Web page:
Notes from a Public Typewriter is short, I think I read the whole thing in about an hour.  It's almost purely a collection of what Gustafson considered the best, the funniest, the most touching.  There are photos of the shop and patrons throughout, and every few pages, Gustafson writes a short essay-type piece to introduce context to some of the inclusions.

 

The 5 stars is because this book, for all its simplicity, moved me.  By the end, it was hard to stay dry-eyed, to be honest.  I'm sure Gustafson has collected a LOT of dreck over the years, but the simple lines he included here were honest, heart-felt, and sometimes raw.  

 

I don't go looking for books that reveal what goes on beneath the surface, so I'm really no judge, but this one worked for me.  What is on the face of it an anonymous, ever changing, mass of humanity going in and out the doors of one shop, is revealed in this short volume to be instead the very definition of a community.

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text 2018-03-28 11:00
Facts About Me: Bargain!

I’m a sucker for a bargain. I was in a little shop called The Glory Hole a few years ago, up in Tighnabruaich, a little village in Argyll and Bute. We were just browsing the shops at random since there weren’t many of them and we found this little charity shop. I was nosying around and found a typewriter sitting on the floor, in a black box. Well, as a writer and as a total history buff, I wanted one. When I saw the price tag, only £5, I picked it up, box and all, and told my mum I had to have it. I wouldn’t leave the shop without it. So I bought it and put it in the car, all excited by my brilliant find.

We went other places and eventually got back to our cabin in Dunoon, where we were staying on holiday. I was going to clean the box because it was clearly very old and had been neglected, the poor thing. So I pulled the heavy Royal typewriter out of the box and was shocked by what I found. Inside it said it belonged to a Flight Lieutenant of the Voluntary sector of the Royal Air Force. I was gobsmacked, but very excited. Unfortunately, I haven’t been able to find out more information about my mystery Lieutenant, but I hope to one day. It would be a nice little story to add to the beautiful machine.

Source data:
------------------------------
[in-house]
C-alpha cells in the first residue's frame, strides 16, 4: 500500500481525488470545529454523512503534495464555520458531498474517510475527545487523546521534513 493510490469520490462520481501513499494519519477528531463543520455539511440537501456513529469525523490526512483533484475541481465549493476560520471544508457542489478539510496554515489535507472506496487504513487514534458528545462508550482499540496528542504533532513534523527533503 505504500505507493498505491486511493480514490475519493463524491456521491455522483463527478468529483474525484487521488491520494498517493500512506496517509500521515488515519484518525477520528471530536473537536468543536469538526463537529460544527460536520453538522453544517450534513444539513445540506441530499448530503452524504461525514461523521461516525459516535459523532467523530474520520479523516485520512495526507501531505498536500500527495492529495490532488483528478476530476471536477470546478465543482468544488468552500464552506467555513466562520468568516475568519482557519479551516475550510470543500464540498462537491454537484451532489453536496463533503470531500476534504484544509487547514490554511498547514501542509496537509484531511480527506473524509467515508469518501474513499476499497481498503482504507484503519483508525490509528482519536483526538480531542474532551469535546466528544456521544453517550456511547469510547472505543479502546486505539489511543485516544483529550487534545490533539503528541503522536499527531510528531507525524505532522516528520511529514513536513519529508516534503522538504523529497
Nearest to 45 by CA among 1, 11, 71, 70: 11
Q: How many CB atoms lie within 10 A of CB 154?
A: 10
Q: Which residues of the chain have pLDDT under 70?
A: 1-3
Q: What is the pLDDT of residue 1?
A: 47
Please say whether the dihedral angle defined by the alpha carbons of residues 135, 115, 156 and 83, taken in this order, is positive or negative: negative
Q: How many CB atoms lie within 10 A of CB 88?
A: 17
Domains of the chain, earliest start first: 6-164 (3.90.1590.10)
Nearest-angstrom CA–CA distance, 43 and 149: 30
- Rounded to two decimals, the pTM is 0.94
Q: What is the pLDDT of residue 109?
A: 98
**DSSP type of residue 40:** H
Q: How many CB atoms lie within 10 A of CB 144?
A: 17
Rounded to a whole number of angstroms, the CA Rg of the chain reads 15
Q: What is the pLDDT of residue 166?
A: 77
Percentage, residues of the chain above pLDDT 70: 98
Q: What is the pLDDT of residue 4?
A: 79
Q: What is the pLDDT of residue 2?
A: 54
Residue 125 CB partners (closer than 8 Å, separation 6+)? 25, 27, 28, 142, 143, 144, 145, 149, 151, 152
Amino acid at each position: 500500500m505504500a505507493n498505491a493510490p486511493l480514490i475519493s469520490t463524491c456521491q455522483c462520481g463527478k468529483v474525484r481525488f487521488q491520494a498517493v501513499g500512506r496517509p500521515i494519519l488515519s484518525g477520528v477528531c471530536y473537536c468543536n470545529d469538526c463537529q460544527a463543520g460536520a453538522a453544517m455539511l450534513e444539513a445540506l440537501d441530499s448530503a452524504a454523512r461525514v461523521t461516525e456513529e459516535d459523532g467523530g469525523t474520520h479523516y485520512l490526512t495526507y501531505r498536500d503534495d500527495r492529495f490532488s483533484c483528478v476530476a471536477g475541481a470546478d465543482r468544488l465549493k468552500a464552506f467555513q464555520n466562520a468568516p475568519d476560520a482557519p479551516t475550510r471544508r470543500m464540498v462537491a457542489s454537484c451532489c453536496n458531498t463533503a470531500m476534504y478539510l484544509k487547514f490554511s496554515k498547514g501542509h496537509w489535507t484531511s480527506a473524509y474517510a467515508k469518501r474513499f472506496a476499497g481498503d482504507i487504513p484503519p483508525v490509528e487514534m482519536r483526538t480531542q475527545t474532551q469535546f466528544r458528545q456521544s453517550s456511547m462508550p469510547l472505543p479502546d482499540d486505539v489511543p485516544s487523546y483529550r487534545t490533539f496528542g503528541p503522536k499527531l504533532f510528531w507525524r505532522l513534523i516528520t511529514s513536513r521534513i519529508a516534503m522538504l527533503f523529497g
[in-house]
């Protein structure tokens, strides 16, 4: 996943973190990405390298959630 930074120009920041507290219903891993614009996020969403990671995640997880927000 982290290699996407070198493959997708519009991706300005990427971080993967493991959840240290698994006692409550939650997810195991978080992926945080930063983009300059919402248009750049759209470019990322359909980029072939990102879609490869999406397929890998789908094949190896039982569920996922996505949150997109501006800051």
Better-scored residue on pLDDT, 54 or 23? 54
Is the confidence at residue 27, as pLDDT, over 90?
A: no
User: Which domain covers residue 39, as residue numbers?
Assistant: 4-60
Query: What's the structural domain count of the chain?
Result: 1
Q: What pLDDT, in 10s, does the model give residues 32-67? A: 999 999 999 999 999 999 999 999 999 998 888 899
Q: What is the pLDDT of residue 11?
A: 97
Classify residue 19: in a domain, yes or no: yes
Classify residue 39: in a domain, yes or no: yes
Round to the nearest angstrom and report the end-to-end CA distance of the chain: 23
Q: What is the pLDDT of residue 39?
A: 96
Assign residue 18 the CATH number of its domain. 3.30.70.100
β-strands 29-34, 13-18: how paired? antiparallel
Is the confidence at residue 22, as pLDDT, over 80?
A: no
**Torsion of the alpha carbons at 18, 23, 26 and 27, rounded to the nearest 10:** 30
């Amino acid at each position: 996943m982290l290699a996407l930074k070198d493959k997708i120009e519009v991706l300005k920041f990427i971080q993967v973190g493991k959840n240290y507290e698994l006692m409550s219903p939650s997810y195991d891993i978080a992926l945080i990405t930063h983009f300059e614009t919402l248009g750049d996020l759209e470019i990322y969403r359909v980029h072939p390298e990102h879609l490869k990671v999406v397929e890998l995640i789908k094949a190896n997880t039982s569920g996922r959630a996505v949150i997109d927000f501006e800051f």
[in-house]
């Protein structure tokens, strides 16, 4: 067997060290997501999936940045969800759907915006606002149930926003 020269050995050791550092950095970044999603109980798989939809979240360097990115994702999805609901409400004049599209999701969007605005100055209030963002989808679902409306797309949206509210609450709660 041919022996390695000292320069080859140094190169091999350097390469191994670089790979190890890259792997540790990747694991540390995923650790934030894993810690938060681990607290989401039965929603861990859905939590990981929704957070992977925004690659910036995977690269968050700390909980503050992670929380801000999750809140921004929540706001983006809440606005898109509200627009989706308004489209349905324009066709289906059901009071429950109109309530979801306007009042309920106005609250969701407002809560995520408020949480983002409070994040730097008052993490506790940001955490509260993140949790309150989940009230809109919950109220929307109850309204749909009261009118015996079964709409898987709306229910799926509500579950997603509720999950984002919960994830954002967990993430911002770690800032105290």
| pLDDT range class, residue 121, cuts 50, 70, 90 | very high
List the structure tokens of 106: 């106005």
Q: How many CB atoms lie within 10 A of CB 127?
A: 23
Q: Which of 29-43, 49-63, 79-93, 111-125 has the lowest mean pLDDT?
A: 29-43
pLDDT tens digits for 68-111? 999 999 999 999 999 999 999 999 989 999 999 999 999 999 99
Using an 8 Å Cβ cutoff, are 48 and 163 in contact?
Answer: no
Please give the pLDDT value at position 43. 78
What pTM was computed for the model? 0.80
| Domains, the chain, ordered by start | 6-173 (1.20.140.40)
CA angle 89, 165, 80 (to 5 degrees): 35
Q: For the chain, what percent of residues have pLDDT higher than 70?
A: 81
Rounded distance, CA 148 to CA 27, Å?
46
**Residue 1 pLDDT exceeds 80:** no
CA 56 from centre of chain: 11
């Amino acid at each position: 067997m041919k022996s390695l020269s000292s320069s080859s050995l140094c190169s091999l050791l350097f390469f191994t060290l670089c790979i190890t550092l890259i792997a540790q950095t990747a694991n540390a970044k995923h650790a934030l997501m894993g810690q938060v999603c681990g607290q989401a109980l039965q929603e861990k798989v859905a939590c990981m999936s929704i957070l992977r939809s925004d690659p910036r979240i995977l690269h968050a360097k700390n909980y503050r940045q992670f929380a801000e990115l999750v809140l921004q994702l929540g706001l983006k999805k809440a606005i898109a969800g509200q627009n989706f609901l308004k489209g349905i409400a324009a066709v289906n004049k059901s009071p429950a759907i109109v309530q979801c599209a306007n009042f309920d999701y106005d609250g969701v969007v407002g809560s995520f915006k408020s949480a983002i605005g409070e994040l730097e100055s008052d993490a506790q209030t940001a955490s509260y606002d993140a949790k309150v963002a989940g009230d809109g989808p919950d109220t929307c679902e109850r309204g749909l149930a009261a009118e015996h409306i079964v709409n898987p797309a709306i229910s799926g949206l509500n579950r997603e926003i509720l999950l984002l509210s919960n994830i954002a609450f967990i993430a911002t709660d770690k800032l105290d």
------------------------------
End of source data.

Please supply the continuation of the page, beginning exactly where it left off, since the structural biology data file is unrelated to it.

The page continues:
.

 

I'm not a great photographer, because I can't keep steady, but here is my beautiful typewriter, pride of place, surrounded by my Marilyn Monroe memorabilia and an Art Deco lamp. The dinosaur is made from nuts and screws, another bargain find that we discovered in Glencoe. The phone is from Dunoon, a cute little artsy cigarette shop where I got a lot of cool stuff, and the small wooden/glass box at the back is actually an antique spyglass and letter opener set. The Marilyn statue was an amazing find at a little place called Highland Arts, in the Isle of Seil. So, as you can see, not only do I love a bargain, but I'm a huge fan of anything Art Deco, 1920's or just outright weird. ;)

 

 

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review 2017-04-08 04:25
Click Clack Moo: Cows That Type - Doreen Cronin,Betsy Lewin

Click Clack Moo: Cow's That Type by Doreen Cronin is a book about cows that get a hold of an old type writer and decide to go on strike against Farmer Brown. They make continuous requests/demands (for example electric blankets) in order to give Farmer Brown their milk. I would rate this book a four out of five stars and It is listed as an AD160L on the Lexile scale. I would have my students write letter to the Farmer Brown making a request from a different animal. I would make it clear that the students could choose any other animal they would see at a farm except a cow. This is a super cute book that i will have on my bookshelf for sure.

 

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url 2015-09-24 21:18
lolantaczyta.wordpress.com/2015/09/24/burying-the-typewriter-zakopac-maszyne-do-pisania-carmen-bugan
Burying the Typewriter - Carmen Bugan